Global growth inevitably means acquisitions, and L’Heureux has a simple framework for buying a company. To begin with, there must be a good reason for the deal, and a potential purchase must fit within its three-year strategic plan for the firm. Price is crucial—WSP has a track record of being disciplined, analysts say—as is culture fit. In fact, in some cases, L’Heureux spent years talking to executives at other firms to understand their values ​​and motivations. Engineering is a profession, he points out, unlike medicine or science. “If I don’t find that sense of vocational mentality,” he says, “and they’re there for money or for reasons other than building a better tomorrow, we’re not going to do the deal.”

Finally, L’Heureux needed to be sure he could sell the deal. “I have to look at myself in the mirror, and I imagine myself on stage in front of all our employees,” he says. He asks himself if he can explain the merits of the transaction. Sometimes he can’t. “Many times, I’ve passed on fantastic deals on paper,” L’Heureux says, describing the exercise as a last “sanity check.”

This past August, when WSP announced a deal to buy a British firm called RPS Group, the sale seemed to check all the boxes. RPS handles a lot of work in the environmental sector—an area where L’Heureux wants to grow according to its latest strategic plan—especially in water and wastewater management, where WSP is not represented. Its offer valued the company at just under $1 billion — not an unreasonable price, even if some analysts noted it was on the high side.

But then another bidder emerged. US rival Tetra Tech Inc has struck a deal with richer valuations attached to it. L’Heureux was not surprised that another bidder was waiting in the wings and his next move was obvious. The RPS was fully valued, in his view, and there was no good reason to overpay. “You have to stay true to your DNA, be disciplined,” L’Heureux says.

Just because the decision was obvious doesn’t mean it was easy. L’Heureux had already spent time convincing the board it was a good deal. Now he had to explain why the company would go away. Cole said L’Heureux’s decision-making process on deals is typical of his as CEO. His gut instinct wasn’t to get into a bidding war, Cole recalls, but L’Heureux then spent time testing and proving his intuition. “He came back to the board with a very reasoned response to why intuition was now validated in his mind,” Cole said.

“It’s not by accident that I spend a lot of time looking at what I believe are the most successful professional services firms in the world. How are they doing globally? How can we replicate something?”

Alexandre L’Heureux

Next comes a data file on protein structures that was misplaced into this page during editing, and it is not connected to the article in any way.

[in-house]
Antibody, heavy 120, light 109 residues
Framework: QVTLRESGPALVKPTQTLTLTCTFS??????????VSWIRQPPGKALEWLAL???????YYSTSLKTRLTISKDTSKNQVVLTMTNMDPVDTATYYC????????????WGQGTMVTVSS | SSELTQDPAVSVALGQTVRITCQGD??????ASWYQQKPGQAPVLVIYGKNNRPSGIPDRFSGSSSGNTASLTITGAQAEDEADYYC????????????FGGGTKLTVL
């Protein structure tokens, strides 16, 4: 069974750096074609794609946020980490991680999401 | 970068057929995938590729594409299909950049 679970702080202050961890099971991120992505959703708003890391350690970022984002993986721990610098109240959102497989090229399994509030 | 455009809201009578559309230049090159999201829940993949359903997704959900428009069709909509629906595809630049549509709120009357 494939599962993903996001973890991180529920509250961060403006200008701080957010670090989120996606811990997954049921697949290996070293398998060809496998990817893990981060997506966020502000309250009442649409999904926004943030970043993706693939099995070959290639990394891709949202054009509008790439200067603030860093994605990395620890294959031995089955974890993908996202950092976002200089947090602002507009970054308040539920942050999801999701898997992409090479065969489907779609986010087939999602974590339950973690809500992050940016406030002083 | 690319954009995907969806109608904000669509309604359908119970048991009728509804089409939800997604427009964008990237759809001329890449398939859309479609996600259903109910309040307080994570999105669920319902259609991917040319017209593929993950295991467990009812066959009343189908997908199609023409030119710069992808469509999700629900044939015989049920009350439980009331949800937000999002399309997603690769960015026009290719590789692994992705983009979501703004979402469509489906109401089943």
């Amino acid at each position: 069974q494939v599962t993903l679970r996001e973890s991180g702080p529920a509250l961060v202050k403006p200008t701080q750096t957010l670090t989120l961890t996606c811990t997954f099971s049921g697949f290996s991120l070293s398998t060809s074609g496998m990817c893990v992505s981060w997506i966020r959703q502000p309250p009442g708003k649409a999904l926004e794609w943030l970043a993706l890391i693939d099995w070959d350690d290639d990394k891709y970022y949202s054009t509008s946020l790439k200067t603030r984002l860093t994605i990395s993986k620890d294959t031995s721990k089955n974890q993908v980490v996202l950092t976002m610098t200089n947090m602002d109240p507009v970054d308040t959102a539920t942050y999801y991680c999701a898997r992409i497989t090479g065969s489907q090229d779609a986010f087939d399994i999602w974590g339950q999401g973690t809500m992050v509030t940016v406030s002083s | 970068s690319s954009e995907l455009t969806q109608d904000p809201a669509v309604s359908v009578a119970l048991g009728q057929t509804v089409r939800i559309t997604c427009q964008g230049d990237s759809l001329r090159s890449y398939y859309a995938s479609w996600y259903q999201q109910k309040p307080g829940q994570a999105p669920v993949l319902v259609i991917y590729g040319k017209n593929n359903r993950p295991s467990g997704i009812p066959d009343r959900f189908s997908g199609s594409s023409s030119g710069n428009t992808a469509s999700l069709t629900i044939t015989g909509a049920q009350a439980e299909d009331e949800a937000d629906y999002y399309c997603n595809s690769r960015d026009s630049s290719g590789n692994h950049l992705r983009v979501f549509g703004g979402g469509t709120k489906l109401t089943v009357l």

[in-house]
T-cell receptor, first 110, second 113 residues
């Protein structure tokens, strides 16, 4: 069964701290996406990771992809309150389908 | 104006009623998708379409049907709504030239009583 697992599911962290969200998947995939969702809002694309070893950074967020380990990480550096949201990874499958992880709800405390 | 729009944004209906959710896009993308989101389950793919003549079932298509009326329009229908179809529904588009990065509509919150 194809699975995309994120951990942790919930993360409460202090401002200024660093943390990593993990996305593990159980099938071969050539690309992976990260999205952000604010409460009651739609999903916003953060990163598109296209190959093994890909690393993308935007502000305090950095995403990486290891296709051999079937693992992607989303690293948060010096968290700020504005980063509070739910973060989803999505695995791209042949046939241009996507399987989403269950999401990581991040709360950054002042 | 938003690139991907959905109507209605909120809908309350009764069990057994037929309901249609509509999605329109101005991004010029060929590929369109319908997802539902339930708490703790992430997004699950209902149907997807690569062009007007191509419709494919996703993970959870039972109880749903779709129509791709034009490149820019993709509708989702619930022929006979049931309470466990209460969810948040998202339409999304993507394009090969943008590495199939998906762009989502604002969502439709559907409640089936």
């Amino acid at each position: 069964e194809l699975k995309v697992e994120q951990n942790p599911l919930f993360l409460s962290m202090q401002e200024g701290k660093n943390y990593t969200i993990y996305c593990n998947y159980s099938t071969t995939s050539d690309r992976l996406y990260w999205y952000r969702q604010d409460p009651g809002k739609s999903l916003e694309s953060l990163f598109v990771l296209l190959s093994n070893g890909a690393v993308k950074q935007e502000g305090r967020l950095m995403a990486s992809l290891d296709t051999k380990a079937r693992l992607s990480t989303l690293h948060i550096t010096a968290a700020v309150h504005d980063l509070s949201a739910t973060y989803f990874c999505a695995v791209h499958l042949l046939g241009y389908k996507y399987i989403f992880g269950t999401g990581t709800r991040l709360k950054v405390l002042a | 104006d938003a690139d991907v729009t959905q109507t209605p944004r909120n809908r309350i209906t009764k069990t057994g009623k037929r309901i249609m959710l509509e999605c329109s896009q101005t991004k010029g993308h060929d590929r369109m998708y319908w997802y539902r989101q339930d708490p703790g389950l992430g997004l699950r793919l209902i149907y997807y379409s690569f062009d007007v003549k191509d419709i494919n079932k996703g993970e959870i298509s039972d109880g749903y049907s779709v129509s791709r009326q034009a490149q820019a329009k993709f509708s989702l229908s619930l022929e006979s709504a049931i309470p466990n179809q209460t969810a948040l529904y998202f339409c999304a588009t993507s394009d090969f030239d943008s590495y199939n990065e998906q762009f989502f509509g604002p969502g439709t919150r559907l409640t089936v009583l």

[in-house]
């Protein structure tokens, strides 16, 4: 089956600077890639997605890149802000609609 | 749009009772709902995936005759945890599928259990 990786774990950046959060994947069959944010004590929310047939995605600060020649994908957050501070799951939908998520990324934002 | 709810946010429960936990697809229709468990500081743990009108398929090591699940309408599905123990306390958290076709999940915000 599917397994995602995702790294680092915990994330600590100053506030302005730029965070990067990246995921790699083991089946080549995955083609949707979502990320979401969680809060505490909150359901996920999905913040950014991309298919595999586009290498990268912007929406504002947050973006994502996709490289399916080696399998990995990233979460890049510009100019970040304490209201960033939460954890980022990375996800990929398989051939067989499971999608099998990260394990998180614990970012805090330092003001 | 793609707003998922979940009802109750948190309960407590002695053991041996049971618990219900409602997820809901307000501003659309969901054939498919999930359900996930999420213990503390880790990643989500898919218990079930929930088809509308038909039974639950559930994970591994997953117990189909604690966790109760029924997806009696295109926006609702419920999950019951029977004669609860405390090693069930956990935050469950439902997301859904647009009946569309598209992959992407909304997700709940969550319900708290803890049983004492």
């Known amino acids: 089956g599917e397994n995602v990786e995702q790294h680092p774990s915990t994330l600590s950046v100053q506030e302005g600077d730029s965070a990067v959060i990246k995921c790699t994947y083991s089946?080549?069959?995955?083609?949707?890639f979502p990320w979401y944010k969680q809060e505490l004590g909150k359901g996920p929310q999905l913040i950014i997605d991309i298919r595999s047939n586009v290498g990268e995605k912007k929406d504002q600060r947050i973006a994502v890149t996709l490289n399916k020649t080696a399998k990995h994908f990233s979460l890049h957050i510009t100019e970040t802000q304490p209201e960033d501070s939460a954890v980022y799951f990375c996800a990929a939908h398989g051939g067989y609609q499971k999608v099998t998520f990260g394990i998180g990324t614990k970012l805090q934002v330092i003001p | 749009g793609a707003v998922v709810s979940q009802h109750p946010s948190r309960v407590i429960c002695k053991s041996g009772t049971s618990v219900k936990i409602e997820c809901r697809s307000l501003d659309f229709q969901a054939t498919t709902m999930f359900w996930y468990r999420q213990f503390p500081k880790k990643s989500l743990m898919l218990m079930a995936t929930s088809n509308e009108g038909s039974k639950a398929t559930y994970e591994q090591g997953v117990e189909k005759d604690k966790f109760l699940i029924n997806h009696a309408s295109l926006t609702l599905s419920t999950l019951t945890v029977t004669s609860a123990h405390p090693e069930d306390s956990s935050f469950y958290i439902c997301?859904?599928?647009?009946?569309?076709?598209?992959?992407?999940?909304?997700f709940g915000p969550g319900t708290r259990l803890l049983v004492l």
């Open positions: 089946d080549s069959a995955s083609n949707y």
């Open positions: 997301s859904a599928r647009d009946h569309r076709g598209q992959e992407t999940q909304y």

While L’Heureux thought the purchase would expand WSP’s power in a few areas, it was not critical. Other opportunities will arise, and the company has already integrated about 6,000 employees from John Wood’s environmental division, a deal that closed in September.

The ability to absorb a company into a larger entity is one of the things L’Heureux maps out beforehand. This is partly why he is so concerned about culture, but the structure of the organization is equally important. WSP is organized by geography, not by business line. There is a CEO for Asia, for example, but no CEO for transport infrastructure. Acquiring a differently structured company would require a massive reorganization of people and resources, so L’Heureux looked for firms that could be absorbed with minimal fuss. He describes himself as “hands-on” as a CEO, and the company doesn’t have a chief operating officer so he can relate directly to the executives running each division.

L’Heureux will need to stay in touch with those leaders in the coming months. While macroeconomic factors have worked in WSP’s favor in recent years, the risk of recession is rising, and inflation is driving up project construction costs. About half of WSP’s work is for the public sector, which is better insulated in a recession, according to Khmelnytskyi. But private-sector clients are more likely to postpone projects, which can be problematic for WSP because its work can be short-term and therefore requires a constant flow of new orders.

For his part, L’Heuruex said WSP is lean, especially after spending about $100 million in cost cuts in the first months of the pandemic, and has little in the way of fixed costs today. Also, the company’s order backlog is still growing. As of the second quarter of 2022, it stood at a record $11.4 billion, a 19% jump from the same period last year. RBC analyst Sabahat Khan said, given WSP’s strong balance sheet, the economic uncertainty could present an opportunity for the firm to do more deals. “Note that WSP has not been shy about making significant acquisitions during periods of past uncertainty,” Khan wrote in a recent note. During the depth of the pandemic in December 2020, for example, WSP announced a deal to buy environmental consulting firm Golder Associates.

A potential recession and inflation aren’t even at the top of L’Heureux’s list of concerns. He is more concerned about preserving the culture at WSP. Not surprisingly, he draws an example from the accounting world: Arthur Andersen, which collapsed in scandal two decades ago. “They became restless, they became complacent, and they thought they were better than others,” she says. “We have to make sure we stay humble. The day you think you’re too big to fail, trouble strikes.

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Global Visionary of the Year: Alexandre L’Heureux is more of an accountant than an engineer, but he’s turned WSP Global into a powerhouse